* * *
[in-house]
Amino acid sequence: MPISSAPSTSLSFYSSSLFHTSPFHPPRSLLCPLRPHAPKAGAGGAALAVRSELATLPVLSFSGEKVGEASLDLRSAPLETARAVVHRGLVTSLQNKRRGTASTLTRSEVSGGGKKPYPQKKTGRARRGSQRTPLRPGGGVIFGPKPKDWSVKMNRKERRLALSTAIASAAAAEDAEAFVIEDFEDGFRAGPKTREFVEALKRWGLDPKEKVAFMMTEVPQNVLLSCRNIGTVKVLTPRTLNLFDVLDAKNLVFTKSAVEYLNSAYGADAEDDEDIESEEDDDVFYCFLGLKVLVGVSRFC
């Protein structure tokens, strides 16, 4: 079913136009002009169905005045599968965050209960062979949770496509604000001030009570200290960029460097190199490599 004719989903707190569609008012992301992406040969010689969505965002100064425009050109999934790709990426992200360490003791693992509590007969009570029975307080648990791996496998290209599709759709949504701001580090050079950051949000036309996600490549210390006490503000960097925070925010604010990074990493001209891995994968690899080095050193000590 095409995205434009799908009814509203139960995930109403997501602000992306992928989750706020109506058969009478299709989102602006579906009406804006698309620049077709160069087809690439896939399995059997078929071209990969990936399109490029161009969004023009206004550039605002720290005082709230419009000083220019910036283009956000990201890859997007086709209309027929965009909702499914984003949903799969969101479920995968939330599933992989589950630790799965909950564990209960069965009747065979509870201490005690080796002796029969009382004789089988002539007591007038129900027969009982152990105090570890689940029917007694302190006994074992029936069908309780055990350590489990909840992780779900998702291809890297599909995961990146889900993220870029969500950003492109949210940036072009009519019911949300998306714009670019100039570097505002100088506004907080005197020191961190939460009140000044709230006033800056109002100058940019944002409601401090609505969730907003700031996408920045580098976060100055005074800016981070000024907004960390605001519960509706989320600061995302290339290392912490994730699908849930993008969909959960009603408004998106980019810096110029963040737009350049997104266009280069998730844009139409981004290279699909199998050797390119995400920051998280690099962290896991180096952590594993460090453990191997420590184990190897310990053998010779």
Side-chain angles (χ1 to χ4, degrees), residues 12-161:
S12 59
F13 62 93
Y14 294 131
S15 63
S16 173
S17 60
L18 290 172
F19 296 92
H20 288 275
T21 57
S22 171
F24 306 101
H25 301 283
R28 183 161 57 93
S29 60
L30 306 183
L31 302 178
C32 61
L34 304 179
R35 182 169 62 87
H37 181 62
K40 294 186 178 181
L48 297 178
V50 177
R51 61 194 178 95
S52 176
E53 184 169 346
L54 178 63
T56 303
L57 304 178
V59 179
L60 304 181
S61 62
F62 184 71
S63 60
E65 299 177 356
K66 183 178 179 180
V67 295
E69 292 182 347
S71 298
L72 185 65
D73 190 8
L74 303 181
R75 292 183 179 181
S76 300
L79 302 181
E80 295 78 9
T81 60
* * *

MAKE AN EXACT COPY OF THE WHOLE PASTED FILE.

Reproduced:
[in-house]
Amino acid sequence: MPISSAPSTSLSFYSSSLFHTSPFHPPRSLLCPLRPHAPKAGAGGAALAVRSELATLPVLSFSGEKVGEASLDLRSAPLETARAVVHRGLVTSLQNKRRGTASTLTRSEVSGGGKKPYPQKKTGRARRGSQRTPLRPGGGVIFGPKPKDWSVKMNRKERRLALSTAIASAAAAEDAEAFVIEDFEDGFRAGPKTREFVEALKRWGLDPKEKVAFMMTEVPQNVLLSCRNIGTVKVLTPRTLNLFDVLDAKNLVFTKSAVEYLNSAYGADAEDDEDIESEEDDDVFYCFLGLKVLVGVSRFC
């Protein structure tokens, strides 16, 4: 079913136009002009169905005045599968965050209960062979949770496509604000001030009570200290960029460097190199490599 004719989903707190569609008012992301992406040969010689969505965002100064425009050109999934790709990426992200360490003791693992509590007969009570029975307080648990791996496998290209599709759709949504701001580090050079950051949000036309996600490549210390006490503000960097925070925010604010990074990493001209891995994968690899080095050193000590 095409995205434009799908009814509203139960995930109403997501602000992306992928989750706020109506058969009478299709989102602006579906009406804006698309620049077709160069087809690439896939399995059997078929071209990969990936399109490029161009969004023009206004550039605002720290005082709230419009000083220019910036283009956000990201890859997007086709209309027929965009909702499914984003949903799969969101479920995968939330599933992989589950630790799965909950564990209960069965009747065979509870201490005690080796002796029969009382004789089988002539007591007038129900027969009982152990105090570890689940029917007694302190006994074992029936069908309780055990350590489990909840992780779900998702291809890297599909995961990146889900993220870029969500950003492109949210940036072009009519019911949300998306714009670019100039570097505002100088506004907080005197020191961190939460009140000044709230006033800056109002100058940019944002409601401090609505969730907003700031996408920045580098976060100055005074800016981070000024907004960390605001519960509706989320600061995302290339290392912490994730699908849930993008969909959960009603408004998106980019810096110029963040737009350049997104266009280069998730844009139409981004290279699909199998050797390119995400920051998280690099962290896991180096952590594993460090453990191997420590184990190897310990053998010779």
Side-chain angles (χ1 to χ4, degrees), residues 12-161:
S12 59
F13 62 93
Y14 294 131
S15 63
S16 173
S17 60
L18 290 172
F19 296 92
H20 288 275
T21 57
S22 171
F24 306 101
H25 301 283
R28 183 161 57 93
S29 60
L30 306 183
L31 302 178
C32 61
L34 304 179
R35 182 169 62 87
H37 181 62
K40 294 186 178 181
L48 297 178
V50 177
R51 61 194 178 95
S52 176
E53 184 169 346
L54 178 63
T56 303
L57 304 178
V59 179
L60 304 181
S61 62
F62 184 71
S63 60
E65 299 177 356
K66 183 178 179 180
V67 295
E69 292 182 347
S71 298
L72 185 65
D73 190 8
L74 303 181
R75 292 183 179 181
S76 300
L79 302 181
E80 295 78 9
T81 60